Robert Herrick Quotes

Only Herrick's left alone, For to number sorrow by Their departures hence and die.
Robert Herrick (1591-1674), British poet. Upon the Loss of His Mistresses (l. 12-14). . . Norton Anthology of English Literature, The, Vols. I-II. M. H. Abrams, general ed. (5th ed., 1986) W. W. Norton & Company.
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When the rose reigns, and locks with ointments shine, Let rigid Cato read these lines of mine.
Robert Herrick (1591-1674), British poet. When He Would Have His Verses Read (l. 9-10). . . Oxford Book of Seventeenth Century Verse, The. H. J. C. Grierson and G. Bullough, eds. (1934) Oxford University Press.
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In sober mornings do not thou rehearse The holy incantation of a verse;
Robert Herrick (1591-1674), British poet. When He Would Have His Verses Read (l. 1-2). . . Oxford Book of Seventeenth Century Verse, The. H. J. C. Grierson and G. Bullough, eds. (1934) Oxford University Press.
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You are the Queen all flowers among, But die you must (faire Maid) ere long, As He, the maker of this Song.
Robert Herrick (1591-1674), British poet. A Meditation for His Mistress (l. 19-21). . . Oxford Book of English Verse, The, 1250-1918. Sir Arthur Quiller-Couch, ed. (New ed., rev. and enl., 1939) Oxford University Press.
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Or a sigh of such as bring Cowslips for her covering.
Robert Herrick (1591-1674), British poet. An Epitaph upon a Virgin (l. 5-6). . . Oxford Book of Light Verse, The. W. H. Auden, ed. (1938) Oxford University Press.
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Where we such clusters had, As made us nobly wild, not mad; And yet each verse of thine Outdid the meat, outdid the frolic wine.
Robert Herrick (1591-1674), British poet. An Ode for Ben Jonson (l. 7-10). . . Oxford Book of Seventeenth Century Verse, The. H. J. C. Grierson and G. Bullough, eds. (1934) Oxford University Press.
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And to your more bewitching, see the proud, Plump bed bear up, and swelling like a cloud, Tempting the two too modest; can Ye see it brustle like a swan, And you be cold To meet it when it woos and seems to fold The arms to hug you? Throw, throw Yourselves into the mighty overflow Of that white pride, and drown The night with you in floods of down.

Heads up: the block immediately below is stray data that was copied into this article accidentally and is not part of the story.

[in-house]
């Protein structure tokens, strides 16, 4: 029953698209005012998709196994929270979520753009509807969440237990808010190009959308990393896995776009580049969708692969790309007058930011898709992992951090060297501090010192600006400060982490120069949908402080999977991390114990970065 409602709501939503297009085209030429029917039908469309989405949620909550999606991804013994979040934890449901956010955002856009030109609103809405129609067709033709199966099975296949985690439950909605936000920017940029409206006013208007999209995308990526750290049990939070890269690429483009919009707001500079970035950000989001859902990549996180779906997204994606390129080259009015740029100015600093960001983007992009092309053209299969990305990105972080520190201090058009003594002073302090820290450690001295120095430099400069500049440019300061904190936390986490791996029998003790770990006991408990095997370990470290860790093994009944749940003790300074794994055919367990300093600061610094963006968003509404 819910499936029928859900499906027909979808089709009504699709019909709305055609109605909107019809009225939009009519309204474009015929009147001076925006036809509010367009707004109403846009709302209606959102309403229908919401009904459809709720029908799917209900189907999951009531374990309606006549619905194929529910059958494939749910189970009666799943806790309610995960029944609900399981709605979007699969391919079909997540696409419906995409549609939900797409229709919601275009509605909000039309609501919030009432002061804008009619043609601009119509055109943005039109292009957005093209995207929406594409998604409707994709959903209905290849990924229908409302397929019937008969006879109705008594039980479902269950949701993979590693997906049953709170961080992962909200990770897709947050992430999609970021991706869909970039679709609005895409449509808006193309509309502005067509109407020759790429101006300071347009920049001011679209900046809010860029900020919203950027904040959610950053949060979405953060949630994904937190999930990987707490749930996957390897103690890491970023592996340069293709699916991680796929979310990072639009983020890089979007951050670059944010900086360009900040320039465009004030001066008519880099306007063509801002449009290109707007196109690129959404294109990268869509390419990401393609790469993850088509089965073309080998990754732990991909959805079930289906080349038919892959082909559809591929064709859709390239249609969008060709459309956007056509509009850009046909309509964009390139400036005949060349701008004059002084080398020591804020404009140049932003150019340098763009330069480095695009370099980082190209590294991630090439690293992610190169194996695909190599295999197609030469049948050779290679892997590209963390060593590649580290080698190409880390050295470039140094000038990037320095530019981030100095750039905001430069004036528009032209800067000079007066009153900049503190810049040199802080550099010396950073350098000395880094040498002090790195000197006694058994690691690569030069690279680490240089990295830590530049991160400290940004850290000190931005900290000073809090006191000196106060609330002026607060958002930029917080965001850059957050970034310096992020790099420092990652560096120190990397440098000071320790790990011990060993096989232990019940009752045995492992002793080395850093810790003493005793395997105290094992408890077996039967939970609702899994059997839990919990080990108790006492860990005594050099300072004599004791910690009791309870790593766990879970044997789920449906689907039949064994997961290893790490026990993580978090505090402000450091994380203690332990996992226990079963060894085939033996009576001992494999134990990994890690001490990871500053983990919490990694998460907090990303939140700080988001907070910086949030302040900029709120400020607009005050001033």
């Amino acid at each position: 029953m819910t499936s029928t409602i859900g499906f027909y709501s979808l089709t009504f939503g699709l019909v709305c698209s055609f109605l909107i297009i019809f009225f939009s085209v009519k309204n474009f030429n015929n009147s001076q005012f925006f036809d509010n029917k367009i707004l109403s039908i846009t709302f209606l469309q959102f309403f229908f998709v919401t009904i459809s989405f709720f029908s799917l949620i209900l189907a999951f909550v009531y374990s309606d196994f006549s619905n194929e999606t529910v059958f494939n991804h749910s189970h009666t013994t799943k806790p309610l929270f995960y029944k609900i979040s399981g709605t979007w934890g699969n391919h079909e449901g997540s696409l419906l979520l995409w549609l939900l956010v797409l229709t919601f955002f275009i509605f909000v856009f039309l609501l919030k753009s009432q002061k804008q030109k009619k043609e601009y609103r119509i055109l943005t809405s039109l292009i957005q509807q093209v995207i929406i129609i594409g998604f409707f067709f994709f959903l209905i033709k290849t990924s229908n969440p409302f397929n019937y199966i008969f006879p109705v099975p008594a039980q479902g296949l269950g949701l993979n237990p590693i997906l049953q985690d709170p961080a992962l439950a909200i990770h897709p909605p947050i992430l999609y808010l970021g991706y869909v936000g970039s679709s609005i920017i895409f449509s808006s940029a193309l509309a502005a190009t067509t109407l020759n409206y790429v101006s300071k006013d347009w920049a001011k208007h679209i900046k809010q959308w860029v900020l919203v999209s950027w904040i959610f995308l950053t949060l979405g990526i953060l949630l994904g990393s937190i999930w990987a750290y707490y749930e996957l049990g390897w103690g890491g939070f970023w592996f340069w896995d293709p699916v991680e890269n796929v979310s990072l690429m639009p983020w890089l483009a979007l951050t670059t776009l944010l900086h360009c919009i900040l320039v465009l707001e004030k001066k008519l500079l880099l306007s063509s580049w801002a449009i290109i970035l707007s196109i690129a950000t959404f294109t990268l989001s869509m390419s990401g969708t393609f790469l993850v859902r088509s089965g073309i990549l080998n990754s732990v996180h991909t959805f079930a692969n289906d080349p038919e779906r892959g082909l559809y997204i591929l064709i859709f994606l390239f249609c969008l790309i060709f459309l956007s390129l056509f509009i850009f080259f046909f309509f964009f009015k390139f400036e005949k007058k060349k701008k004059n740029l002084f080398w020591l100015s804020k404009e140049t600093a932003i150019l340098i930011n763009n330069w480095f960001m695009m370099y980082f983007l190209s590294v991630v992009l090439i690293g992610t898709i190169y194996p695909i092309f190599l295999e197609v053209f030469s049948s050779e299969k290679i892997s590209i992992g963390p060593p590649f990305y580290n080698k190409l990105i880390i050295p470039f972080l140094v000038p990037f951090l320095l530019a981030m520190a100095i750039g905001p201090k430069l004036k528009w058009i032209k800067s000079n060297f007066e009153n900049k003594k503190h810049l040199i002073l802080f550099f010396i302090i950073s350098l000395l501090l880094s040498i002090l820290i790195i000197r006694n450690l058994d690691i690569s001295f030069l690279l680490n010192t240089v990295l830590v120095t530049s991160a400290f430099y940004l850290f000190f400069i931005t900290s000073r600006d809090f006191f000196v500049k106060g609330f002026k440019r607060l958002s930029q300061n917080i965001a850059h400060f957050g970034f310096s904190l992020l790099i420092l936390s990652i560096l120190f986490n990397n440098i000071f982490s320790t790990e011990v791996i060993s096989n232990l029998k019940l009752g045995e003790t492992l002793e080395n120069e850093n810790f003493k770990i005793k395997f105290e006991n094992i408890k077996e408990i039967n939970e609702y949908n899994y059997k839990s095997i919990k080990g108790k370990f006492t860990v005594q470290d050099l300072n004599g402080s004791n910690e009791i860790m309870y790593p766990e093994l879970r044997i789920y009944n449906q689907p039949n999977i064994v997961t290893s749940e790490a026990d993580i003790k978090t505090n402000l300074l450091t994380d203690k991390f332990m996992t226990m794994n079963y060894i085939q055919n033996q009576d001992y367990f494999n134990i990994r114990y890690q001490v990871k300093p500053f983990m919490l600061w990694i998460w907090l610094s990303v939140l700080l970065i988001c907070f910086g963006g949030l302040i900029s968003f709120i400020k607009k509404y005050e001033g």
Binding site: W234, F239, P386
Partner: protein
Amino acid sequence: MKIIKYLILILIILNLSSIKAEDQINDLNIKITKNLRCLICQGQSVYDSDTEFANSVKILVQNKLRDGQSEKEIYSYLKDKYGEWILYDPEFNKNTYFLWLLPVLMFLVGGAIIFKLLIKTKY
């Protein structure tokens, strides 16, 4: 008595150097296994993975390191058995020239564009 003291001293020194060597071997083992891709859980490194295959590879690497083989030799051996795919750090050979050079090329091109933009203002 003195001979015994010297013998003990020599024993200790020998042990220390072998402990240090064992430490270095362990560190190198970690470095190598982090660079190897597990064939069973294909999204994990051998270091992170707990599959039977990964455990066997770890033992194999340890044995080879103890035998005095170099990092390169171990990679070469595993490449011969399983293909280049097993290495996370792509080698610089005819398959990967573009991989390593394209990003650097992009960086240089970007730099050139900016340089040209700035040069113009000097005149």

Robert Herrick (1591-1674), British poet. A Nuptial Song, or Epithalamie, on Sir Clipseby Crew and His Lady (l. 111-120). . . Seventeenth-Century Verse and Prose, Vols. I-II. Vol. I: 1600-1660; Vol. II: 1660-1700. Helen C. White, Ruth C. Wallerstein, and Ricardo Quintana, eds. (1951, 1952) The Macmillan Company.
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See where she comes, and smell how all the street, Breathes vineyards and pomegranates: oh, how sweet! As a fired altar is each stone, Perspiring pounded cinnamon. The phoenix-nest, Built up of odours, burneth in her breast. Who therein would not consume His soul to ash-heaps in that rich perfume,
Robert Herrick (1591-1674), British poet. A Nuptial Song, or Epithalamie, on Sir Clipseby Crew and His Lady (l. 21-28). . . Seventeenth-Century Verse and Prose, Vols. I-II. Vol. I: 1600-1660; Vol. II: 1660-1700. Helen C. White, Ruth C. Wallerstein, and Ricardo Quintana, eds. (1951, 1952) The Macmillan Company.
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A little meat best fits a little belly, As sweetly Lady, give me leave to tell ye, This little Pipkin fits this little Jelly.
Robert Herrick (1591-1674), British poet. A Ternarie of Littles, upon a Pipkin of Jellie Sent to a Lady (l. 16-18). . . Faber Book of Children's Verse, The. Janet Adam Smith, comp. (1953; paperback 1963) Faber and Faber.
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Lord, Thou hast given me a cell Wherein to dwell; And little house, whose humble roof Is weather-proof;
Robert Herrick (1591-1674), British poet. A Thanksgiving to God for His House (l. 1-4). . . Oxford Book of Seventeenth Century Verse, The. H. J. C. Grierson and G. Bullough, eds. (1934) Oxford University Press.
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